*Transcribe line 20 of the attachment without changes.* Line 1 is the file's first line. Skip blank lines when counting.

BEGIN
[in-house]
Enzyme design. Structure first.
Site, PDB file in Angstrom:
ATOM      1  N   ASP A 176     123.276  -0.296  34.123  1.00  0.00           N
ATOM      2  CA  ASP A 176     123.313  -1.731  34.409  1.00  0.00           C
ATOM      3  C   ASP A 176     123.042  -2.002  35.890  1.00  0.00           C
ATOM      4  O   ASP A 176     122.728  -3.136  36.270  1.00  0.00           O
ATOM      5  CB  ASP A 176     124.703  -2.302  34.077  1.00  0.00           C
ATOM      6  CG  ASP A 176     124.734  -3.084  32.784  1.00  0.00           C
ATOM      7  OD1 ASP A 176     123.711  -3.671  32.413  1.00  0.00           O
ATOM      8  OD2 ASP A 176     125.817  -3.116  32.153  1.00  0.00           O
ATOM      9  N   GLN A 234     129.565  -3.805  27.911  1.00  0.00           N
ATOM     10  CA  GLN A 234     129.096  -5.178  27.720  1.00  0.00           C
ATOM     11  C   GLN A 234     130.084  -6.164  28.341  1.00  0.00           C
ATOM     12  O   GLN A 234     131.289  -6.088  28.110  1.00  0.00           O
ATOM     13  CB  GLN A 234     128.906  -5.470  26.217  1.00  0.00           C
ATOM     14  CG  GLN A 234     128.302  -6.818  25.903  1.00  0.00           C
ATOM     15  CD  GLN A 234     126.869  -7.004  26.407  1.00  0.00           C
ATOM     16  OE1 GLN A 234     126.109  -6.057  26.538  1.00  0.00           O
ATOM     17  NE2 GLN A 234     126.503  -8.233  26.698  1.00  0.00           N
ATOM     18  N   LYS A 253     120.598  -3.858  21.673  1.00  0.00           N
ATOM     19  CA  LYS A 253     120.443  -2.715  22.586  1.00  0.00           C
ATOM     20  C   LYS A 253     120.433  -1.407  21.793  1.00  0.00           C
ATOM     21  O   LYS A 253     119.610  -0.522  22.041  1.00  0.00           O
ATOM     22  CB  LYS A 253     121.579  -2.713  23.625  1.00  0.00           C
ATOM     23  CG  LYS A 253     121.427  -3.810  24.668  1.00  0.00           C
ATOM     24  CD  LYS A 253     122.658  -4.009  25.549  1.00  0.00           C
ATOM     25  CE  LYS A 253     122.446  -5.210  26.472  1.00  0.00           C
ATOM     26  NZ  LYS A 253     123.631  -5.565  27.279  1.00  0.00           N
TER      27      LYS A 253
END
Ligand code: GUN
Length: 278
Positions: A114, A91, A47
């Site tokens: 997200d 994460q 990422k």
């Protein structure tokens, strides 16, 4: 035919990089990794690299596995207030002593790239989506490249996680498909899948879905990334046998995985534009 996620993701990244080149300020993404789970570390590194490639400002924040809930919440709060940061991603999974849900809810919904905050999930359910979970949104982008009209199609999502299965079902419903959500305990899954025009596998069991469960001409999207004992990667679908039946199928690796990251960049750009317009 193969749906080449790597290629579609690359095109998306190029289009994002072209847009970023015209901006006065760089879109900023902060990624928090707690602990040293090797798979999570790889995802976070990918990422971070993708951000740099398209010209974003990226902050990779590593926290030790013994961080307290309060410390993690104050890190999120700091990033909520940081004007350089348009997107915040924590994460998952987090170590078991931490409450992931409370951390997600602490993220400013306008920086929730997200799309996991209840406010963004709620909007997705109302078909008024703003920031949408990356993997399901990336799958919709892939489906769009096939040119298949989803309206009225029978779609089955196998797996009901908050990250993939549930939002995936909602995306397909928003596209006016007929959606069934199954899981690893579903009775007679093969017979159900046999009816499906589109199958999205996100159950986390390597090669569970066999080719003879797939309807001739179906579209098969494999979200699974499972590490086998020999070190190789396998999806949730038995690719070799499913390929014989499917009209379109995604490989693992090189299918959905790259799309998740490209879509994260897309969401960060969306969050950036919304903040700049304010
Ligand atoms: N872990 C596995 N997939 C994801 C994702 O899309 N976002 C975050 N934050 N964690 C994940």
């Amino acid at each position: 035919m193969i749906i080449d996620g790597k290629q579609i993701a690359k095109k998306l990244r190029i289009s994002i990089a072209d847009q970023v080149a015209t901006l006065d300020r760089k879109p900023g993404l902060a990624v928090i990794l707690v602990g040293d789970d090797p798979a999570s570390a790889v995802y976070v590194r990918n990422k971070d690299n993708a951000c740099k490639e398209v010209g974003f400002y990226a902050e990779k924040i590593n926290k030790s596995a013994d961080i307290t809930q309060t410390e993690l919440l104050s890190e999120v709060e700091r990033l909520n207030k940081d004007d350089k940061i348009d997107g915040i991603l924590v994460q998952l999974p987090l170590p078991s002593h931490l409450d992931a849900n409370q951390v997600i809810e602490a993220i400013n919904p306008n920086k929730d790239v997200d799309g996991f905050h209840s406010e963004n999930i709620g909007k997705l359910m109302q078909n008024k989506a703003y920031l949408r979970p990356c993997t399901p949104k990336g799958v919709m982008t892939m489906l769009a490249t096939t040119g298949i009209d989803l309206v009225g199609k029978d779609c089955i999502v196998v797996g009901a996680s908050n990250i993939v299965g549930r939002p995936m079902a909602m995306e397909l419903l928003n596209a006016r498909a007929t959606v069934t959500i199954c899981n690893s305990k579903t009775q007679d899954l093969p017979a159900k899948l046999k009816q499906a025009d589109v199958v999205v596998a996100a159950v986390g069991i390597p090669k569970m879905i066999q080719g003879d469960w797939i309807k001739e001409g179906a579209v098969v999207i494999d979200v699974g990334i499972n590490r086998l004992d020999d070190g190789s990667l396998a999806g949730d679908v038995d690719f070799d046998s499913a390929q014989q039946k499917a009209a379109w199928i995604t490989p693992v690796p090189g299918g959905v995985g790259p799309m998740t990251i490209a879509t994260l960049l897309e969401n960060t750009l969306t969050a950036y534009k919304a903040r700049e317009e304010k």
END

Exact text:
ATOM     17  NE2 GLN A 234     126.503  -8.233  26.698  1.00  0.00           N